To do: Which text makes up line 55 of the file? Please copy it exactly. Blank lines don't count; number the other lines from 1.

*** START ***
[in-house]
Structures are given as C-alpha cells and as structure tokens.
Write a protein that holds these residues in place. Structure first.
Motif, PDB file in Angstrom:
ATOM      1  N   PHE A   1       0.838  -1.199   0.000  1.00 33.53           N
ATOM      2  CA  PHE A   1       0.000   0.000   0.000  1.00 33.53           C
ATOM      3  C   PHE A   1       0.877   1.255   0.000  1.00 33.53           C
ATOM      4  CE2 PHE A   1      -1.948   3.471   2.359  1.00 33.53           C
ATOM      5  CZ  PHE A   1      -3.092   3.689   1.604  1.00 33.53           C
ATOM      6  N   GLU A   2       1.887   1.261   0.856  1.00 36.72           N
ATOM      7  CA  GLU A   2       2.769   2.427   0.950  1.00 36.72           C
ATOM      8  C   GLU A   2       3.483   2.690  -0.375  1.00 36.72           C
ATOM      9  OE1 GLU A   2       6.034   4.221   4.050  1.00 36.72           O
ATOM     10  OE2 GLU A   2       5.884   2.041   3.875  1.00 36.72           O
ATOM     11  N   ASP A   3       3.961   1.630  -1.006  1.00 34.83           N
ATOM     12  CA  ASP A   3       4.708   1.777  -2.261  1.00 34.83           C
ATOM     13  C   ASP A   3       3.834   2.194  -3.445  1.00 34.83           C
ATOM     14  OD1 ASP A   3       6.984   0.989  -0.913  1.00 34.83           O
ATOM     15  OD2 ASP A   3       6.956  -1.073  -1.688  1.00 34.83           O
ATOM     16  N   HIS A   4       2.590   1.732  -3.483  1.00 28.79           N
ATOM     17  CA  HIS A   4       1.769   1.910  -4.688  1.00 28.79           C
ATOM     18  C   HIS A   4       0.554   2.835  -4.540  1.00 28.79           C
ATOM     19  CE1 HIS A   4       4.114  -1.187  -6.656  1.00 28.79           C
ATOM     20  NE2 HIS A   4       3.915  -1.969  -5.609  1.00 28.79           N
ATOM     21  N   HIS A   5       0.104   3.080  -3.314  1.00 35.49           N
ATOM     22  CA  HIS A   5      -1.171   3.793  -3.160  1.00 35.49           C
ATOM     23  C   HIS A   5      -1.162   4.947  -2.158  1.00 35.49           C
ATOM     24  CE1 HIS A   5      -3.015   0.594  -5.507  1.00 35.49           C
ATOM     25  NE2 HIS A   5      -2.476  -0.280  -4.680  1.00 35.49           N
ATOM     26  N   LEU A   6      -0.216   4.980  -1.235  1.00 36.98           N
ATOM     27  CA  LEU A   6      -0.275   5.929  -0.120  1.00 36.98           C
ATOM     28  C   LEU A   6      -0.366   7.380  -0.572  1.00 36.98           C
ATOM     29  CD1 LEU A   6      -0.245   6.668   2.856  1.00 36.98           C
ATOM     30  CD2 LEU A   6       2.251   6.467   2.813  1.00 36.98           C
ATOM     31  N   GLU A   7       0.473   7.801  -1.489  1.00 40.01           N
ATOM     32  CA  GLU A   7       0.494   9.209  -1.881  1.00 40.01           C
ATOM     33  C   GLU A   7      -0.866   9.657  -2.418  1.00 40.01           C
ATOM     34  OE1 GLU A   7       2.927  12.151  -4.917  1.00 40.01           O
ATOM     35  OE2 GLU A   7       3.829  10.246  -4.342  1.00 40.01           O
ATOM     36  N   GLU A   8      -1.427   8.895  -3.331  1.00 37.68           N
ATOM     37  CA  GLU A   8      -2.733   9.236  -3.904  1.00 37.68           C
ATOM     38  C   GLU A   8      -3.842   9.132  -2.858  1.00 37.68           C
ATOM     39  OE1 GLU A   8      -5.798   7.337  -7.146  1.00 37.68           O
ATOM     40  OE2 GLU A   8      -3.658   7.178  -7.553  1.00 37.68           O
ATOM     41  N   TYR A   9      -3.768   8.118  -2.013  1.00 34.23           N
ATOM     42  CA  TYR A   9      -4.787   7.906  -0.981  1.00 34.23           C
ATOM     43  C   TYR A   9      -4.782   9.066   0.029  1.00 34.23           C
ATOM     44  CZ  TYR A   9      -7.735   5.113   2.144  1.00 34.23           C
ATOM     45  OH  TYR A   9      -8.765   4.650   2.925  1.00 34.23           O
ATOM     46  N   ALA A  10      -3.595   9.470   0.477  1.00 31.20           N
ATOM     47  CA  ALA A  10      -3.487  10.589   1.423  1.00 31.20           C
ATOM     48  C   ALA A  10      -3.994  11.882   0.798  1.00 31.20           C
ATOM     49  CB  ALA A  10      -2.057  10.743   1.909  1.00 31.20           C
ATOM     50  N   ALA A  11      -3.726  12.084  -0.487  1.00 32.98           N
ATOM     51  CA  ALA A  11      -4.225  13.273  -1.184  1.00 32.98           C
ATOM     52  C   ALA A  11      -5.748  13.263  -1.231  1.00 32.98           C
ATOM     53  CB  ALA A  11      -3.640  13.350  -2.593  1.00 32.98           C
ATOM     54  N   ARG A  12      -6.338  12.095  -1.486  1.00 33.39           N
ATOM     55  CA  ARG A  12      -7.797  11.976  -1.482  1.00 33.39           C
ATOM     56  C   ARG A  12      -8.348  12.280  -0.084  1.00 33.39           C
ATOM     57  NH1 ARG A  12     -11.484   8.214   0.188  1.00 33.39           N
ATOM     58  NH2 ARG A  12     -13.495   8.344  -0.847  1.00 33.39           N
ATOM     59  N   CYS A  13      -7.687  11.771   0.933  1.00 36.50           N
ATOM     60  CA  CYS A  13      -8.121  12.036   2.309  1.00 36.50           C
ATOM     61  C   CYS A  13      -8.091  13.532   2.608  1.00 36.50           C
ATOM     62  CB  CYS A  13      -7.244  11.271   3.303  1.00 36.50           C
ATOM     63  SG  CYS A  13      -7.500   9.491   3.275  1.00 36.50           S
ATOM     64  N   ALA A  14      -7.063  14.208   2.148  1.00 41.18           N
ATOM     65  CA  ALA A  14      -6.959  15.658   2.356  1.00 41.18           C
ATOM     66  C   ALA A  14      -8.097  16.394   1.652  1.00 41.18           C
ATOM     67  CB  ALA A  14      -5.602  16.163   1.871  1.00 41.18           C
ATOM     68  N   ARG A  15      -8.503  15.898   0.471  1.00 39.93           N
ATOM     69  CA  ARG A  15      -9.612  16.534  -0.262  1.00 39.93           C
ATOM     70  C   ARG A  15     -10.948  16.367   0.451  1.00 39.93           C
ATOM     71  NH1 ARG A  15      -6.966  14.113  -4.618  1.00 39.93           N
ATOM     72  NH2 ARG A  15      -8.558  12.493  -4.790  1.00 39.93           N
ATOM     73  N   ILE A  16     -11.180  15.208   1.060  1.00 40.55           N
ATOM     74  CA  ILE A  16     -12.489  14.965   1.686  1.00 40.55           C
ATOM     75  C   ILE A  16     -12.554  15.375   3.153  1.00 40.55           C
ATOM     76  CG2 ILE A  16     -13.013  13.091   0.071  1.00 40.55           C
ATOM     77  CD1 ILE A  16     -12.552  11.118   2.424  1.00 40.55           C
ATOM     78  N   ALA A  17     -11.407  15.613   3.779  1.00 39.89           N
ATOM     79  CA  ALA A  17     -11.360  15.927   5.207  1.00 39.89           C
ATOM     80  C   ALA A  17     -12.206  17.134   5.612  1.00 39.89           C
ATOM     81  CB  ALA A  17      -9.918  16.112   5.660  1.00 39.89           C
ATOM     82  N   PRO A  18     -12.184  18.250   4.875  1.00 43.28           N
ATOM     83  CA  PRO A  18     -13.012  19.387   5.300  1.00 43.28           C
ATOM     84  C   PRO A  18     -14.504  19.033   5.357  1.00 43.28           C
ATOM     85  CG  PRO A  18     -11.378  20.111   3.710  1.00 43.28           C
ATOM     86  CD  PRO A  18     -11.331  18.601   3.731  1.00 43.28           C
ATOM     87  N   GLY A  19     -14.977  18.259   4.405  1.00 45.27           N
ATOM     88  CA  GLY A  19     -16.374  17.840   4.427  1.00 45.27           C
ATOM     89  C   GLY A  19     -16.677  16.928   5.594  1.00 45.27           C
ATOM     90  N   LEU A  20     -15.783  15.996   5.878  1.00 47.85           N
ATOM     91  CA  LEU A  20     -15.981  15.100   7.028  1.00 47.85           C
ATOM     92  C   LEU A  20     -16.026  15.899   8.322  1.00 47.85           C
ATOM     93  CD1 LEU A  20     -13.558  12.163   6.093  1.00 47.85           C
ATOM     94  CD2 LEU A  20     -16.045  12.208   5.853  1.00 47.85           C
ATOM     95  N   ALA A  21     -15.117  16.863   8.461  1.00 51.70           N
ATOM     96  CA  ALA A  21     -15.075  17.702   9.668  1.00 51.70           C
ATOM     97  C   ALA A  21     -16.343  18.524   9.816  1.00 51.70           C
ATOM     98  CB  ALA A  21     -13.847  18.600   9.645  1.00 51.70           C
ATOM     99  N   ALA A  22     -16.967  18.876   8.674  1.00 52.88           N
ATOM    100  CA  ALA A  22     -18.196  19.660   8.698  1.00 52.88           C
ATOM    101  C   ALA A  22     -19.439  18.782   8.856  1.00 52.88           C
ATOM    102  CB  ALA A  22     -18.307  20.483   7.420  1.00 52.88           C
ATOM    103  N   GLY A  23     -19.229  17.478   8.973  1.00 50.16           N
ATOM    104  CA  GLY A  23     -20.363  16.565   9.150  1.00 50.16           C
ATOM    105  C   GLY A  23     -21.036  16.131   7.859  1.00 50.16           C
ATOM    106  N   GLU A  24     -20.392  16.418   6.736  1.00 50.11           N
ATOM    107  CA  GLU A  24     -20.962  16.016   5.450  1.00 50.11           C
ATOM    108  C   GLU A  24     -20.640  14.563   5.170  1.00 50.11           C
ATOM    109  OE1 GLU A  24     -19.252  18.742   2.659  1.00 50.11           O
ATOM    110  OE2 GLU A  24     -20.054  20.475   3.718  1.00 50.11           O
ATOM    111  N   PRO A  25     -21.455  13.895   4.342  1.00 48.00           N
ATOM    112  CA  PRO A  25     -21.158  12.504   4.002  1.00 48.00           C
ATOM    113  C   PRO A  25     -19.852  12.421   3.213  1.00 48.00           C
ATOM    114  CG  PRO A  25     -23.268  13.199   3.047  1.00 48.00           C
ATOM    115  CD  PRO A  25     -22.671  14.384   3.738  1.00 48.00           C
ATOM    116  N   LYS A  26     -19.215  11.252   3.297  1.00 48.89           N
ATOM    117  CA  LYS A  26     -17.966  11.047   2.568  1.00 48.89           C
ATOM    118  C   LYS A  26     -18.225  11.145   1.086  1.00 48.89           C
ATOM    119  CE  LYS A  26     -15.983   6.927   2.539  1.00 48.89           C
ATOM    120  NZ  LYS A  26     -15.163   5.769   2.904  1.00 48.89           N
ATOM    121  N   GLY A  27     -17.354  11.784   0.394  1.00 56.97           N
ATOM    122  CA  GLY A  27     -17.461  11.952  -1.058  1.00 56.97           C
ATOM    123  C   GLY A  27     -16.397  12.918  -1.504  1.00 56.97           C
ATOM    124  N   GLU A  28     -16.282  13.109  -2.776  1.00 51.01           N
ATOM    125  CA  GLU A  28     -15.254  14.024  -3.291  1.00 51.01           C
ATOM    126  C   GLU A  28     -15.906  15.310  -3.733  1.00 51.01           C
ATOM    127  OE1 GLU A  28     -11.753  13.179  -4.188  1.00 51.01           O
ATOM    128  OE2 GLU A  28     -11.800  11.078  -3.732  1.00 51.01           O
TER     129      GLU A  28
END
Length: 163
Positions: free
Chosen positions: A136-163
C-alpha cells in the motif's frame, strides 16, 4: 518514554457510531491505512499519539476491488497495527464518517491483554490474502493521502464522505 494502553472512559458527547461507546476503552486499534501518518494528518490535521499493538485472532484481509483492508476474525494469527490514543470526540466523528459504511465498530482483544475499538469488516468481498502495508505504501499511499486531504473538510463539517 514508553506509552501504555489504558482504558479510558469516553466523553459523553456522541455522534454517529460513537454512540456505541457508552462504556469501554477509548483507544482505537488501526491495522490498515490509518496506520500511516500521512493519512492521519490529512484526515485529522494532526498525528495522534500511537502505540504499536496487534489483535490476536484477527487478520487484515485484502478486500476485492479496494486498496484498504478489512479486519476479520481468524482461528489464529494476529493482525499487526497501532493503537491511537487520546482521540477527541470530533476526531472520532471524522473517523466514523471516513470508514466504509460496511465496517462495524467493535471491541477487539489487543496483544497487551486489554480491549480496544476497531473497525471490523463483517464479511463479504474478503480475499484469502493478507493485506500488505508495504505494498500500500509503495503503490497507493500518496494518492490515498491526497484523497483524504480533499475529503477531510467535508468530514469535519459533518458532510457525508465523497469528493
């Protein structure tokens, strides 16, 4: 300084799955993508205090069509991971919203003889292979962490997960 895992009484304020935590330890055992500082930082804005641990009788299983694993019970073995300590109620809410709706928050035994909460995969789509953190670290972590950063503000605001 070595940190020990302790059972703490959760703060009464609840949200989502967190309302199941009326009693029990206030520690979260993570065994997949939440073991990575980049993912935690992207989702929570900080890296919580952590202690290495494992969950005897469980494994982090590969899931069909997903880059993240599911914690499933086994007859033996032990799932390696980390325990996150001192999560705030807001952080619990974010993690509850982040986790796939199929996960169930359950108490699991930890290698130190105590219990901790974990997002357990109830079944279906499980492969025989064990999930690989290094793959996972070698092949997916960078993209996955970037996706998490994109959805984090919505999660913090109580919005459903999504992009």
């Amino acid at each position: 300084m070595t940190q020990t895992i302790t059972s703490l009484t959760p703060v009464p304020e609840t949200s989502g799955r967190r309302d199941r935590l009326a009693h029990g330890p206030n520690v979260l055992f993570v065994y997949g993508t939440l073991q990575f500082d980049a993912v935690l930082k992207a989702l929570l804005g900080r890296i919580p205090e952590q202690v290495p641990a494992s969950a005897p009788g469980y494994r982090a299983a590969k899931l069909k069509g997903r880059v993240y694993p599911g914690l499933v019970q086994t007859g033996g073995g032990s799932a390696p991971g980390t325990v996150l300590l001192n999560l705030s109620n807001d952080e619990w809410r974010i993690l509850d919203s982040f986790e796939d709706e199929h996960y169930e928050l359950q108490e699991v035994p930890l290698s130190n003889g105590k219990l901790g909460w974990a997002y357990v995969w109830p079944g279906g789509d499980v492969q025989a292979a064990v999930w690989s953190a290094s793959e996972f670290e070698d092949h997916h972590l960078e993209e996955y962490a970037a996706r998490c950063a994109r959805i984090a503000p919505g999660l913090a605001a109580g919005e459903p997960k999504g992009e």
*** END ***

ATOM     51  CA  ALA A  11      -4.225  13.273  -1.184  1.00 32.98           C